Comparison between E. coli O157:H7 and Bifidobacterium spp. Activity in Almond Pudding Infant Supplemental Food

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DOI: 10.4236/fns.2011.29124   PDF   HTML   XML   3,719 Downloads   6,738 Views   Citations

Abstract

Almond pudding is a common traditional Iranian complementary food for infants after starting solid foods. Escherichia coli O157:H7 is one of the leading pathogenic microorganisms that cause serious foodborne disease in different populations including infants. The large intestine of breast-fed infants is colonized predominantly by bifidobacteria, which have a protective effect against acute diarrhea. The study objective of this research was to screen the survival characteristics of E. coli O157:H7 as well as four strains of Bifidobacterium subspecies (spp.) in almond pudding. The bacterial strains were studied after three and six hours of incubation at 37℃ in-vitro. Luria-Bertani (LB) broth was used as a basic medium for both Bifidobacterium spp. and E. coli experiments in anaerobic and aerobic conditions, respectively. The viability of Bifidobacterium spp. increased from 2.46 ± 0.2 to 6.57 ±1.3 log10 CFU/ml in low inoculum and from 4.53 ± 0.7 to 7.2 ± 0.4 in high inoculum experiments in 6 hours. However, the growth of E. coli O157:H7 from 3.12 ± 0.2 to 4.99 ± 0.1 log10 CFU/ml was significantly (P < 0.05) lower compared to Bifidobacterium spp. The results illus- trate impaired growth of E. coli O157:H7 and enhanced growth of Bifidobacterium spp. in almond pudding. The finding demonstrated that almond pudding in infant’s diet may indirectly enhance the protection against survival and growth of E. coli O157:H7 by increasing the Bifidobacterium spp. populations in infant’s gastrointestinal system.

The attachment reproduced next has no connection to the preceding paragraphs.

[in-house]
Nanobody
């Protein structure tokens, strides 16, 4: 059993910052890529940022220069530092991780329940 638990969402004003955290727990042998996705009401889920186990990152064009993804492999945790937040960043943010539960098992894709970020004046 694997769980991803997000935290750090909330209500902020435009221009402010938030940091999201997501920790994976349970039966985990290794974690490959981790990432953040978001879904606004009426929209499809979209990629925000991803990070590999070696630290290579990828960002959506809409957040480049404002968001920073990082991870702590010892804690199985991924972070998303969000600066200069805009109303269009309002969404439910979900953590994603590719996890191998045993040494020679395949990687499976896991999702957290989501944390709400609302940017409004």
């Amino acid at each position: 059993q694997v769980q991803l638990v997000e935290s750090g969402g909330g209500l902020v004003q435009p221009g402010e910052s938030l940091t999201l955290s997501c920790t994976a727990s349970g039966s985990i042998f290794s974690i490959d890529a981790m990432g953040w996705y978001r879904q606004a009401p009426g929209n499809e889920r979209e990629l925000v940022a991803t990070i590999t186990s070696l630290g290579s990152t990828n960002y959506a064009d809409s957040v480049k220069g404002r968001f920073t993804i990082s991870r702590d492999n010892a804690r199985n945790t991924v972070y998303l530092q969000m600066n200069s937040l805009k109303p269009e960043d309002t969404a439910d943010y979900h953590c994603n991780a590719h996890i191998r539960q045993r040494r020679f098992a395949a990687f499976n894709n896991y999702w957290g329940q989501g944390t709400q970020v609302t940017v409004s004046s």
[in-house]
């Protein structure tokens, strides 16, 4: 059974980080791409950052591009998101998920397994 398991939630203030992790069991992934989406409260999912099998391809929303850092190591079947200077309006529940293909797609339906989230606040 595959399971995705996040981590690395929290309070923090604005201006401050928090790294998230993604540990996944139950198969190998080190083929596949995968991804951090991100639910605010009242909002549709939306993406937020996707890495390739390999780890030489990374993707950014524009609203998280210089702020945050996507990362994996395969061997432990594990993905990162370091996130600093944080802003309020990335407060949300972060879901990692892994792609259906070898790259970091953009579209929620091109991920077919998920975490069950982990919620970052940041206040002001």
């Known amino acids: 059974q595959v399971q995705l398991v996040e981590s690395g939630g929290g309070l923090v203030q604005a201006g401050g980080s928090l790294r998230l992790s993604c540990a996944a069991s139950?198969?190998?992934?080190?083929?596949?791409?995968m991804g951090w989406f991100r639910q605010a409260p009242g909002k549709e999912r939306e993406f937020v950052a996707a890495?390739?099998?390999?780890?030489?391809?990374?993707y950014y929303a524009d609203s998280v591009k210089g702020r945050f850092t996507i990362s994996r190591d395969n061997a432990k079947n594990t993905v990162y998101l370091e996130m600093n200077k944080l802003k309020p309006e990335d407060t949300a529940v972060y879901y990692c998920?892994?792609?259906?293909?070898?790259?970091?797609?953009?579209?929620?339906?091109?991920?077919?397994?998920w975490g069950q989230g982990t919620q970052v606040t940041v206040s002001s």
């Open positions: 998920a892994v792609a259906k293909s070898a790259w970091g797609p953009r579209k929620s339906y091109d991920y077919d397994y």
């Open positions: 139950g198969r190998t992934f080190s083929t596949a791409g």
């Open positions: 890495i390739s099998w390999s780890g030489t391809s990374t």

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R. Sedighi, M. Tajkarimi and S. Ibrahim, "Comparison between E. coli O157:H7 and Bifidobacterium spp. Activity in Almond Pudding Infant Supplemental Food," Food and Nutrition Sciences, Vol. 2 No. 9, 2011, pp. 909-915. doi: 10.4236/fns.2011.29124.

Conflicts of Interest

The authors declare no conflicts of interest.

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